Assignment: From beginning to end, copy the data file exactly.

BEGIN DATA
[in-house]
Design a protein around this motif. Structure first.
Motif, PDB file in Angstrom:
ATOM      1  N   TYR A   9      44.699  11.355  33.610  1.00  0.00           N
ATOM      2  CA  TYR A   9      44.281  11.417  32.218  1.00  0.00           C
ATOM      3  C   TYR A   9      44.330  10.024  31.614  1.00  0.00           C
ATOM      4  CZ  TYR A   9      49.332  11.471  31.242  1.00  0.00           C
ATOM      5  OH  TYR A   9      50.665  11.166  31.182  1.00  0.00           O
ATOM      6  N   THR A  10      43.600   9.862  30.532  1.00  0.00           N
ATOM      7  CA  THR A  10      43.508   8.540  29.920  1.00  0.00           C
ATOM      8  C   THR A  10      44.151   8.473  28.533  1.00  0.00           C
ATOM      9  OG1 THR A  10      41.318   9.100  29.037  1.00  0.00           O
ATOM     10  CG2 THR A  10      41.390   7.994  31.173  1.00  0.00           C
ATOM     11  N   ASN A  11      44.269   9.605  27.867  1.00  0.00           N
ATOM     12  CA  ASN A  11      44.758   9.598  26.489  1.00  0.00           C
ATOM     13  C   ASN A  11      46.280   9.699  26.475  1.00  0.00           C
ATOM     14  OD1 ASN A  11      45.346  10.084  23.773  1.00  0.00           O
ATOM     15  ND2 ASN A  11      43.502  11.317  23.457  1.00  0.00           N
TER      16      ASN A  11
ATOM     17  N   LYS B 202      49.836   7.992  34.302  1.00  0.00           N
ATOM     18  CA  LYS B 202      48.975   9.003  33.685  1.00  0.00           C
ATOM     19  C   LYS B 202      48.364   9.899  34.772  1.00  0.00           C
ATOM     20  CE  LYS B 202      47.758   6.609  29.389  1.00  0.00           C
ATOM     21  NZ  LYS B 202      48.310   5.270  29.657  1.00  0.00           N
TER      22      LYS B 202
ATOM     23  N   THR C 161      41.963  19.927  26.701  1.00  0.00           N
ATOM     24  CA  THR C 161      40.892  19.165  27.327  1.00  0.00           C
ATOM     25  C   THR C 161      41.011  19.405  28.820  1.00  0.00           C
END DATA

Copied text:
[in-house]
Design a protein around this motif. Structure first.
Motif, PDB file in Angstrom:
ATOM      1  N   TYR A   9      44.699  11.355  33.610  1.00  0.00           N
ATOM      2  CA  TYR A   9      44.281  11.417  32.218  1.00  0.00           C
ATOM      3  C   TYR A   9      44.330  10.024  31.614  1.00  0.00           C
ATOM      4  CZ  TYR A   9      49.332  11.471  31.242  1.00  0.00           C
ATOM      5  OH  TYR A   9      50.665  11.166  31.182  1.00  0.00           O
ATOM      6  N   THR A  10      43.600   9.862  30.532  1.00  0.00           N
ATOM      7  CA  THR A  10      43.508   8.540  29.920  1.00  0.00           C
ATOM      8  C   THR A  10      44.151   8.473  28.533  1.00  0.00           C
ATOM      9  OG1 THR A  10      41.318   9.100  29.037  1.00  0.00           O
ATOM     10  CG2 THR A  10      41.390   7.994  31.173  1.00  0.00           C
ATOM     11  N   ASN A  11      44.269   9.605  27.867  1.00  0.00           N
ATOM     12  CA  ASN A  11      44.758   9.598  26.489  1.00  0.00           C
ATOM     13  C   ASN A  11      46.280   9.699  26.475  1.00  0.00           C
ATOM     14  OD1 ASN A  11      45.346  10.084  23.773  1.00  0.00           O
ATOM     15  ND2 ASN A  11      43.502  11.317  23.457  1.00  0.00           N
TER      16      ASN A  11
ATOM     17  N   LYS B 202      49.836   7.992  34.302  1.00  0.00           N
ATOM     18  CA  LYS B 202      48.975   9.003  33.685  1.00  0.00           C
ATOM     19  C   LYS B 202      48.364   9.899  34.772  1.00  0.00           C
ATOM     20  CE  LYS B 202      47.758   6.609  29.389  1.00  0.00           C
ATOM     21  NZ  LYS B 202      48.310   5.270  29.657  1.00  0.00           N
TER      22      LYS B 202
ATOM     23  N   THR C 161      41.963  19.927  26.701  1.00  0.00           N
ATOM     24  CA  THR C 161      40.892  19.165  27.327  1.00  0.00           C
ATOM     25  C   THR C 161      41.011  19.405  28.820  1.00  0.00           C